Episode 312: Amy Franko

Relevant Examples are Key to Good Storytelling
Amy Franko


Amy Franko

Amy Franko is the leading sales strategist for growth-oriented mid-market organizations. She works with a variety of sectors to grow sales results, through both sales strategy and skill development programs. Her book, The Modern Seller, is an Amazon best seller and she is also recognized by LinkedIn as a Top Sales Voice. 

Our Mission Is To Change The Negative Perception Of Sales People

Our Vision Is A World Where Selling Is A Profession To Be Proud Of

Storytelling is the first thing you can use to bring a situation to life and help someone connect with your product or service. Stories also give you credibility. That’s why stories should consist of genuine and relevant examples that help you better connect with your client. Even someone naturally skilled as a storyteller would benefit from learning skills to stay relevant. If it doesn’t come naturally to you, it’s a skill you can build and find success with. Amy Franko shares more of her thoughts on the topic in this episode of Sales Reinvented!

Outline of This Episode

  • [0:55] Why storytelling is incredibly important
  • [1:55] Can you learn how to tell stories well?
  • [2:45] The 3 ingredients of a story that sells
  • [3:59] Attributes of a great storyteller
  • [5:18] Resources to improve your storytelling
  • [6:13] Top 3 storytelling dos and don’ts
  • [10:09] Involve your clients in your stories

Relevant Examples are key to stories that sell

Amy notes that relevant examples are a key ingredient to great storytelling. So is brevity and credibility. If a client is able to visualize the relevant example you’re sharing with them, it helps them connect to you as a credible source. Secondly, it helps them to connect and visualize—in their own environment—what you’re trying to convey. Do your examples in your stories help your clients challenge their thinking? Do your stories help them see things in a new light?

What are the attributes of a great storyteller? Listen to hear Amy’s thoughts!

Amy’s 3 storytelling dos and don’ts

What can you do to improve your storytelling? Amy’s dos and don’ts are spot-on:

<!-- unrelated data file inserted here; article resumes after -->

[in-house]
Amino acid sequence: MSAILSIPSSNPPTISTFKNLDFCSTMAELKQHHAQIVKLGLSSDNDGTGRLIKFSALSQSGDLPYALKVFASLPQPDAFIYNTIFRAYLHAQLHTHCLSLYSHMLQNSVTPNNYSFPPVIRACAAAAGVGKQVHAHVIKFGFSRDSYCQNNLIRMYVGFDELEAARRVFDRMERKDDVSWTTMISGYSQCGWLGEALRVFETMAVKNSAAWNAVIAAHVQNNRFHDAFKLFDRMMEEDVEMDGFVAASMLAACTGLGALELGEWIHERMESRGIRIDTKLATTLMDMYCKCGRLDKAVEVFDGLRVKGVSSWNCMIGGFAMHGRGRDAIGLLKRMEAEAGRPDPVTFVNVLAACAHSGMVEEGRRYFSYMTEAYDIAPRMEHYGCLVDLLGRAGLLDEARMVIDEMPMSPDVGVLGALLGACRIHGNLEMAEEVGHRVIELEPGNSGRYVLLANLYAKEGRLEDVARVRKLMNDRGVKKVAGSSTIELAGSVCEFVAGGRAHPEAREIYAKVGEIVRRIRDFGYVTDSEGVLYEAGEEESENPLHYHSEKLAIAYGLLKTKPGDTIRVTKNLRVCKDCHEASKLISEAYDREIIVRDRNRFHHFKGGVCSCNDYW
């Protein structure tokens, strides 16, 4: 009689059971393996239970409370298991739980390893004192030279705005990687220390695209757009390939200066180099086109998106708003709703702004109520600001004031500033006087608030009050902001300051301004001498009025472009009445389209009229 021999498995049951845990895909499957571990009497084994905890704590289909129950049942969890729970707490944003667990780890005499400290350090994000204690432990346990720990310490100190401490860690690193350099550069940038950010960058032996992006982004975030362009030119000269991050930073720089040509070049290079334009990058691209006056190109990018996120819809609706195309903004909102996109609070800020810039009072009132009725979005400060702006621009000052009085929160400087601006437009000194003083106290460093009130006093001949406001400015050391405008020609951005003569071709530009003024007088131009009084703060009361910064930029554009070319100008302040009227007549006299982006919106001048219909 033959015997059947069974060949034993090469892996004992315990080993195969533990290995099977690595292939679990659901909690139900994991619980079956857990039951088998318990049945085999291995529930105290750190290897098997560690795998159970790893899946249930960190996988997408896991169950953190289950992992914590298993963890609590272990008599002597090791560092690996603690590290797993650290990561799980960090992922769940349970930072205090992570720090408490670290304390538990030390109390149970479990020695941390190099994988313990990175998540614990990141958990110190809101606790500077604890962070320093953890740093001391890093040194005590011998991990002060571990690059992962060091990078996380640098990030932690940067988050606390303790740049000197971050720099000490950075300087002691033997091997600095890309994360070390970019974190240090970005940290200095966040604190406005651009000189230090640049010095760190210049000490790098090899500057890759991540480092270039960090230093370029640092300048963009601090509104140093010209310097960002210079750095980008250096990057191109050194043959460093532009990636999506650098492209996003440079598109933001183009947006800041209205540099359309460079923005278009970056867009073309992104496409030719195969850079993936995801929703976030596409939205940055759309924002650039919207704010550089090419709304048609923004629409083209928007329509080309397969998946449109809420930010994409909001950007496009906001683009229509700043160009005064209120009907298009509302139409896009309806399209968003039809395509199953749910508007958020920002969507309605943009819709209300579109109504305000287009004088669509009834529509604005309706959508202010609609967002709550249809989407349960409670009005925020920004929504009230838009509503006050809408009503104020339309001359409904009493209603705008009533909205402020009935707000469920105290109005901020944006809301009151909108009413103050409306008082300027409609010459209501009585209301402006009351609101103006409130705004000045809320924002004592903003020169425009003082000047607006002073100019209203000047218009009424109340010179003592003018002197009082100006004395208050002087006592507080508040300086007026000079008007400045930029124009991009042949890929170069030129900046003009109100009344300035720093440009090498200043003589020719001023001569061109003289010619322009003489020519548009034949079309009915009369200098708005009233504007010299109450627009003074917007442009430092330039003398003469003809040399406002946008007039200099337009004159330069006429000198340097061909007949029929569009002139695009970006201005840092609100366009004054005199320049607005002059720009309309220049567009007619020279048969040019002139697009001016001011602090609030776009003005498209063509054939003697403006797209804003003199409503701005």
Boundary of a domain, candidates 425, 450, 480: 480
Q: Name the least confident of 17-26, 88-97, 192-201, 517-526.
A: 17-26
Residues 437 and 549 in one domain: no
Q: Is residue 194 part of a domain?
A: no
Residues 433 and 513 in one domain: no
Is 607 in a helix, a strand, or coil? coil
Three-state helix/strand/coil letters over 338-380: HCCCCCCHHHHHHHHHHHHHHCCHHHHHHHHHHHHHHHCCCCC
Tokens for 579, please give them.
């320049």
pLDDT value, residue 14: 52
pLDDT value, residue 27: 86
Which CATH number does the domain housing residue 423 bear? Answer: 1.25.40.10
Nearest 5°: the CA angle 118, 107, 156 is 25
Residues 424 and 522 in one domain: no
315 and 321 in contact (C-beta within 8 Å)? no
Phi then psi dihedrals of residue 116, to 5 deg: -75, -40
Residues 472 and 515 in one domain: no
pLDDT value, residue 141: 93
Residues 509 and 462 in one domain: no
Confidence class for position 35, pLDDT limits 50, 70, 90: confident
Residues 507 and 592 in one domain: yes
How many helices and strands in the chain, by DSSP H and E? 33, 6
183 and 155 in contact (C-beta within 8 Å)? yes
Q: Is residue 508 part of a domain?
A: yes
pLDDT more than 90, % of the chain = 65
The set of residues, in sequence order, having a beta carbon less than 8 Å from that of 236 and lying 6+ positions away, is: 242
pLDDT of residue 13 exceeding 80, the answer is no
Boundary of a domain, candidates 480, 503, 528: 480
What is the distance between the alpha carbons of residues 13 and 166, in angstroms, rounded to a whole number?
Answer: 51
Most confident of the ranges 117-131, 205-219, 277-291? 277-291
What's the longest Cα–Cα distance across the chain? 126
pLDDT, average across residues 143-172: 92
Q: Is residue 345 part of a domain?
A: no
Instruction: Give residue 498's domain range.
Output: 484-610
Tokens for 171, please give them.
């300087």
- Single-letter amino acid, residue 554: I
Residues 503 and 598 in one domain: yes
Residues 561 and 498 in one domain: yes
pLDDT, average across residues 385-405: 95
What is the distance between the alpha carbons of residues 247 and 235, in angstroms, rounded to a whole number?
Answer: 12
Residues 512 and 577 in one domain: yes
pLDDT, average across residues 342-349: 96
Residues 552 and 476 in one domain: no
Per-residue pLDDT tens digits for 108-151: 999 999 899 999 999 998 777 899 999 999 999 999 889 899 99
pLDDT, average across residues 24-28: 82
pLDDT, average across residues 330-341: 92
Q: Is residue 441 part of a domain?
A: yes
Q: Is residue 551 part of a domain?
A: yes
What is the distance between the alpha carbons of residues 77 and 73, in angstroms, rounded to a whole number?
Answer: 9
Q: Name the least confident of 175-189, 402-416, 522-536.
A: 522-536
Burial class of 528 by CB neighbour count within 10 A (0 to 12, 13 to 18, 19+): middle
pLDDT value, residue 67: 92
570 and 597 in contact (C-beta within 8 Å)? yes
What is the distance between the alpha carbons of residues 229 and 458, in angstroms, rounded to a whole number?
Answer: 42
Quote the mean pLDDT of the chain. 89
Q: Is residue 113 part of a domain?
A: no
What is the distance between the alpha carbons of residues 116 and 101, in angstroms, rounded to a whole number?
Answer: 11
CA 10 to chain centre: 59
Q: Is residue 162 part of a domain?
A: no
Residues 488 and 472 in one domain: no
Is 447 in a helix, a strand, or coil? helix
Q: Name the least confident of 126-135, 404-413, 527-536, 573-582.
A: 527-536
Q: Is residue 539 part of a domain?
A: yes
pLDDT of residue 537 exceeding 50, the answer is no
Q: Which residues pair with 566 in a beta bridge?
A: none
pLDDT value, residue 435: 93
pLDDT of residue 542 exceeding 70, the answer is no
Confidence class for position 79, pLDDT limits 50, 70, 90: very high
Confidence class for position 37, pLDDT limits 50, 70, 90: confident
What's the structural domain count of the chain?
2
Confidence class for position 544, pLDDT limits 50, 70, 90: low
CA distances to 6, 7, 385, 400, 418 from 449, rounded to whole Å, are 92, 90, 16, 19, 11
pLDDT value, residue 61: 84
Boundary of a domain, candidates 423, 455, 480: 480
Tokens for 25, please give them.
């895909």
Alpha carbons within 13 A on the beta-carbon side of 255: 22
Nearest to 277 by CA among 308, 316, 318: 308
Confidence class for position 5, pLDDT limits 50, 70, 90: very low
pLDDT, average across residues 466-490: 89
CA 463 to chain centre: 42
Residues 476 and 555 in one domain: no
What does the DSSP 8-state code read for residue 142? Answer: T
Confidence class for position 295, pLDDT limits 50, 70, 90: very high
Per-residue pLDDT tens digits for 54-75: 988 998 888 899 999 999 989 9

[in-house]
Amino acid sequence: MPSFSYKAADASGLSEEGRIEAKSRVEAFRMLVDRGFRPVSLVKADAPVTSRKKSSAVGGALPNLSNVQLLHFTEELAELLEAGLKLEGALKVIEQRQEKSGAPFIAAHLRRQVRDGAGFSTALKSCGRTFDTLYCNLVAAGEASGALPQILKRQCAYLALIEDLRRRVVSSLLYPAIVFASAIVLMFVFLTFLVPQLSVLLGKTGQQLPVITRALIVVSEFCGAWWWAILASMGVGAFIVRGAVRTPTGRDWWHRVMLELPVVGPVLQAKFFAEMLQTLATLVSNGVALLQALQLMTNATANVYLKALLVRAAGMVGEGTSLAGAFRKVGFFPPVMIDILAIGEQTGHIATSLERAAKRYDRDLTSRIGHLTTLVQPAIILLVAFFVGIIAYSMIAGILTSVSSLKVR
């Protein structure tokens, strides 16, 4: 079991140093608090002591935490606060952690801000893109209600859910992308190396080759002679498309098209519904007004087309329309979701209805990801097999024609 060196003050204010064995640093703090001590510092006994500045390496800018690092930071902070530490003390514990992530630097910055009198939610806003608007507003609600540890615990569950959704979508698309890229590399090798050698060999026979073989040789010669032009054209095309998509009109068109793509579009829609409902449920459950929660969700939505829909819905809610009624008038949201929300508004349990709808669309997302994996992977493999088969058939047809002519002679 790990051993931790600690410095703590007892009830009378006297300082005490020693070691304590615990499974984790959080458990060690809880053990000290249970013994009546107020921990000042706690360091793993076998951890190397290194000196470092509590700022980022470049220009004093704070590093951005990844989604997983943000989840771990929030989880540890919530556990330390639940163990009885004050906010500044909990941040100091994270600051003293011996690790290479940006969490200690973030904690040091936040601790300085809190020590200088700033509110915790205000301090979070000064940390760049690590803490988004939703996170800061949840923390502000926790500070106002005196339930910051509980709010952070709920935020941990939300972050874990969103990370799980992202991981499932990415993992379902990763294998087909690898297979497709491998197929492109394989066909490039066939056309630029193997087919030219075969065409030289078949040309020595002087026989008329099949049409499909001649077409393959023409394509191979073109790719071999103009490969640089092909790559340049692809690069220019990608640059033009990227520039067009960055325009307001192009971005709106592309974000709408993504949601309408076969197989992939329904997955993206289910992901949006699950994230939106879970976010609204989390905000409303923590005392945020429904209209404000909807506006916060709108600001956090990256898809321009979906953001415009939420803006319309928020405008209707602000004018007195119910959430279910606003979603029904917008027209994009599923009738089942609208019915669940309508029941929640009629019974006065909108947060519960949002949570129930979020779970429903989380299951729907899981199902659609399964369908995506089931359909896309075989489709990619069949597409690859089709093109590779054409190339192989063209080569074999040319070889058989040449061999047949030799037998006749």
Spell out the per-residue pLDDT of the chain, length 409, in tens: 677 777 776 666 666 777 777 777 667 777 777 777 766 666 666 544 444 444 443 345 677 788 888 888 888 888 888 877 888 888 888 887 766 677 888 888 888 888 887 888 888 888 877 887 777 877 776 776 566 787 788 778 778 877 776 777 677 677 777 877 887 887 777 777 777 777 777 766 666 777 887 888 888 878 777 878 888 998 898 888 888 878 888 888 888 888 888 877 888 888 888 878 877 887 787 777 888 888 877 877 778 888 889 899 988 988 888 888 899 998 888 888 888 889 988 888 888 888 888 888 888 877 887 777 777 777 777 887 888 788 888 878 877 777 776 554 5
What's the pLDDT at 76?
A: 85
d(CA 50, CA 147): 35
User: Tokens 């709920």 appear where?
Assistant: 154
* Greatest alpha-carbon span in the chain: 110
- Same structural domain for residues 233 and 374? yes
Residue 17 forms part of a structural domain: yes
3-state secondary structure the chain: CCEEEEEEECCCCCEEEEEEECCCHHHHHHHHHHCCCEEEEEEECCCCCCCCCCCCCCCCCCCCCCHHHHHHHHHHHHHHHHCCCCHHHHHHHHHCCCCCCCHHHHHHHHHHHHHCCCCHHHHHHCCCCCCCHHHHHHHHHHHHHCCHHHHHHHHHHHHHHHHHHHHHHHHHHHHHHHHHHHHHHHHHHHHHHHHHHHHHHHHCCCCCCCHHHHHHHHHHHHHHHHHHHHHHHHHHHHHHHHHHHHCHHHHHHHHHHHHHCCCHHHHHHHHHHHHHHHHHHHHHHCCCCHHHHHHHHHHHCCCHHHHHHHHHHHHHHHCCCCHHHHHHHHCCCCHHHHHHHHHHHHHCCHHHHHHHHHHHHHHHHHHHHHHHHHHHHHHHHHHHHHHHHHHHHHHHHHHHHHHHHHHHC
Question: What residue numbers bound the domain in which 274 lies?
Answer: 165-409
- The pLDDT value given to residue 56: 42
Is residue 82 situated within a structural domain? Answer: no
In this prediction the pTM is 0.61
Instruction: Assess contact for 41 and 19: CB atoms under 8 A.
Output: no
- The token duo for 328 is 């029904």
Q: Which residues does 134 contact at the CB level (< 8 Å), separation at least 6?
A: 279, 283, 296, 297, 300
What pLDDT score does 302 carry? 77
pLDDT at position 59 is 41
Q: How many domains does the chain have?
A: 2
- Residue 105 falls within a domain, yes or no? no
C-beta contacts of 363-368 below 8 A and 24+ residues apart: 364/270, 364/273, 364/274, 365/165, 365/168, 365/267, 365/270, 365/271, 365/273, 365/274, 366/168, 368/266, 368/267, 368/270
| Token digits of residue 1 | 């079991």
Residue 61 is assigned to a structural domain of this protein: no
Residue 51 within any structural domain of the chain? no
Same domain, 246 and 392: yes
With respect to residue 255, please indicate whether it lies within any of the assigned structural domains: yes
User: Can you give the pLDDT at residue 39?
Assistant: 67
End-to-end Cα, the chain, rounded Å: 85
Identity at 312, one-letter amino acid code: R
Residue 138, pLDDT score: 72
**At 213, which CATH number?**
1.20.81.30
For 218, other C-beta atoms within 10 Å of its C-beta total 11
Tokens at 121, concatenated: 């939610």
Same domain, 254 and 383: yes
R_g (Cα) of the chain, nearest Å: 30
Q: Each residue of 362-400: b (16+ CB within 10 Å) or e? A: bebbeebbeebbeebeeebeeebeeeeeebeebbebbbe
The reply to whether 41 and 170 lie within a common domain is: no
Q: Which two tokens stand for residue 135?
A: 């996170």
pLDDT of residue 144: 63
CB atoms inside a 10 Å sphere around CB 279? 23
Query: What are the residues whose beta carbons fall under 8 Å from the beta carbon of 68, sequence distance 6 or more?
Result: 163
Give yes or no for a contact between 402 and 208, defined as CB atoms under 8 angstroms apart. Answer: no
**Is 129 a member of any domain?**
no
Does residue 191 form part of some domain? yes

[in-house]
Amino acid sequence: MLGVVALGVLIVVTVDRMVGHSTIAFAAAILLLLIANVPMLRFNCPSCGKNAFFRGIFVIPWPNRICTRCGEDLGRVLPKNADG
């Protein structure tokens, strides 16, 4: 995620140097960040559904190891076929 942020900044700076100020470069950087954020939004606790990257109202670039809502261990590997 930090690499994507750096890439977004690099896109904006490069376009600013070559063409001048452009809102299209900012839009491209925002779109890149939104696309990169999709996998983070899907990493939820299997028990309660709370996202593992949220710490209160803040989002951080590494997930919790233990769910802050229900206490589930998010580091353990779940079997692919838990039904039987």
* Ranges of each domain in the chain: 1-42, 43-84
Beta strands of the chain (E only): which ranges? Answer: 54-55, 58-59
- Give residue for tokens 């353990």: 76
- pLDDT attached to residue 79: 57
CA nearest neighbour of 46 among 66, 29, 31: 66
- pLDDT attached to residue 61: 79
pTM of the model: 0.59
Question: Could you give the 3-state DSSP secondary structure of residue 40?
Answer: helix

• Keep a list of your stories and examples. You experience so many things in your personal and professional life that it’s impossible to catalog all of them in your head. So keep a running list in a notebook or a word document that you can pull from when you’re searching for a relevant example.
  • Ask 2–3 of your best clients if they’re willing to share the story of your work together. Anytime Amy works with a prospective client, she asks for 2–3 people they can talk to that would be willing to have a conversation.
  • Use data to augment your examples where it makes sense. Don’t lean heavily on data and metrics. The best storytellers can use that data to support a story. It can tell you how you need to change. The more comfortable you are with data, the more useful it becomes.
  • Don’t forget to make your story relevant to the client. You’re better off with no example or story than using one that isn’t relevant to the situation.
  • Don’t forget what you’ve learned—your own stories and experiences—are valuable to your client’s scenario. Everything that you’ve learned along the way makes who you are. Use it as part of your storytelling process.
  • Don’t forget that brevity is key. If you’re listening to someone tell a story and you lose track or forget what the purpose is, it’s too long.

Involve your clients in your stories by sharing relevant examples

Amy had successfully made it to the final round in the running for a big opportunity with a client. She knew that she had to stand out from the other two competitors, which can be challenging when someone is seeing multiple presentations. What was her competitive advantage? Stories.

Amy got to meet virtually with a number of the stakeholders who were going to be part of the decision making process for this RFP. In that process, Amy learned about them, what was important to them in the project, and what each person’s decision-making process looked like.

Then she weaved that information into her presentation. She had built rapport through initial conversations and shown that she had listened to them by using relevant examples in her presentation. It helped her overcome the challenge and she ultimately won the RFP.

Involve your clients in the story where you can. It helps them feel connected. What can you learn and takwary from what they share with you that can be woven into a story? Lastly, Amy emphasizes that you must use stories to connect. People remember stories long after facts, figures, and data.

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Learn More About Amy Franko

Are there any books on or including Storytelling that you recommend? One of the first books I picked up on storytelling is Nancy Duarte’s Slide:ology.

In the field of Business Story Telling – Who do you most admire and why?  I’m a fan of Dan Pink. His books expertly break down big topics, by combing through years of research and mining the stories from that research to help us learn.

Are there any aspects of your own Story Telling skills that you are working on improving at the moment? I shared this in the podcast, one of my productivity hacks is keeping a digital file of stories and examples. It’s a practice I want to continue.

Hobbies, Interests?  I love international travel, all things fitness, and the outdoors. My husband and I live on water and so we love to put the kayaks and paddleboards in whenever we can.

How can our listeners contact with you? https://linkedin.com/in/amyfranko or https://amyfranko.com/contact/

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